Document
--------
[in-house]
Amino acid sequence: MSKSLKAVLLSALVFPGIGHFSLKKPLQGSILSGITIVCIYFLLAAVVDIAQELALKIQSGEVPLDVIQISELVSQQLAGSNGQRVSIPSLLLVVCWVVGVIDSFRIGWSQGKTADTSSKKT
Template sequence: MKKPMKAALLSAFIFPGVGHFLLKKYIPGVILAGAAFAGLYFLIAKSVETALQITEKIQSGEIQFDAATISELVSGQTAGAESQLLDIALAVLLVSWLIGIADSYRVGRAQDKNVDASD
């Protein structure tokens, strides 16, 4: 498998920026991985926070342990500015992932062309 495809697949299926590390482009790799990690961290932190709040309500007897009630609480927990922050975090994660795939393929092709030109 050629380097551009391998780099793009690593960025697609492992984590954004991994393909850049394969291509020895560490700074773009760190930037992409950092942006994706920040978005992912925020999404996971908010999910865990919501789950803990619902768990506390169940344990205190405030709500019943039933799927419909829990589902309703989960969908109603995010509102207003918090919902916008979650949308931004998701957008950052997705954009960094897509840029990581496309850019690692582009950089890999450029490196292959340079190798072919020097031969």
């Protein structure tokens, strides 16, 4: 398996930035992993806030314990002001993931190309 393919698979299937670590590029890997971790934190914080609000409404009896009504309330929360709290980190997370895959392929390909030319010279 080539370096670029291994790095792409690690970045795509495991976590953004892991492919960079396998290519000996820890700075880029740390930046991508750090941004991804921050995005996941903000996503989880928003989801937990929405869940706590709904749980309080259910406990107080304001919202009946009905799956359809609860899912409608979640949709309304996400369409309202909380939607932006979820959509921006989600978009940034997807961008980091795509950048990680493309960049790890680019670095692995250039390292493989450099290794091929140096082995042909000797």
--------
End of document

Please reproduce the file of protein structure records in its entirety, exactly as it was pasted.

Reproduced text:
[in-house]
Amino acid sequence: MSKSLKAVLLSALVFPGIGHFSLKKPLQGSILSGITIVCIYFLLAAVVDIAQELALKIQSGEVPLDVIQISELVSQQLAGSNGQRVSIPSLLLVVCWVVGVIDSFRIGWSQGKTADTSSKKT
Template sequence: MKKPMKAALLSAFIFPGVGHFLLKKYIPGVILAGAAFAGLYFLIAKSVETALQITEKIQSGEIQFDAATISELVSGQTAGAESQLLDIALAVLLVSWLIGIADSYRVGRAQDKNVDASD
């Protein structure tokens, strides 16, 4: 498998920026991985926070342990500015992932062309 495809697949299926590390482009790799990690961290932190709040309500007897009630609480927990922050975090994660795939393929092709030109 050629380097551009391998780099793009690593960025697609492992984590954004991994393909850049394969291509020895560490700074773009760190930037992409950092942006994706920040978005992912925020999404996971908010999910865990919501789950803990619902768990506390169940344990205190405030709500019943039933799927419909829990589902309703989960969908109603995010509102207003918090919902916008979650949308931004998701957008950052997705954009960094897509840029990581496309850019690692582009950089890999450029490196292959340079190798072919020097031969």
């Protein structure tokens, strides 16, 4: 398996930035992993806030314990002001993931190309 393919698979299937670590590029890997971790934190914080609000409404009896009504309330929360709290980190997370895959392929390909030319010279 080539370096670029291994790095792409690690970045795509495991976590953004892991492919960079396998290519000996820890700075880029740390930046991508750090941004991804921050995005996941903000996503989880928003989801937990929405869940706590709904749980309080259910406990107080304001919202009946009905799956359809609860899912409608979640949709309304996400369409309202909380939607932006979820959509921006989600978009940034997807961008980091795509950048990680493309960049790890680019670095692995250039390292493989450099290794091929140096082995042909000797």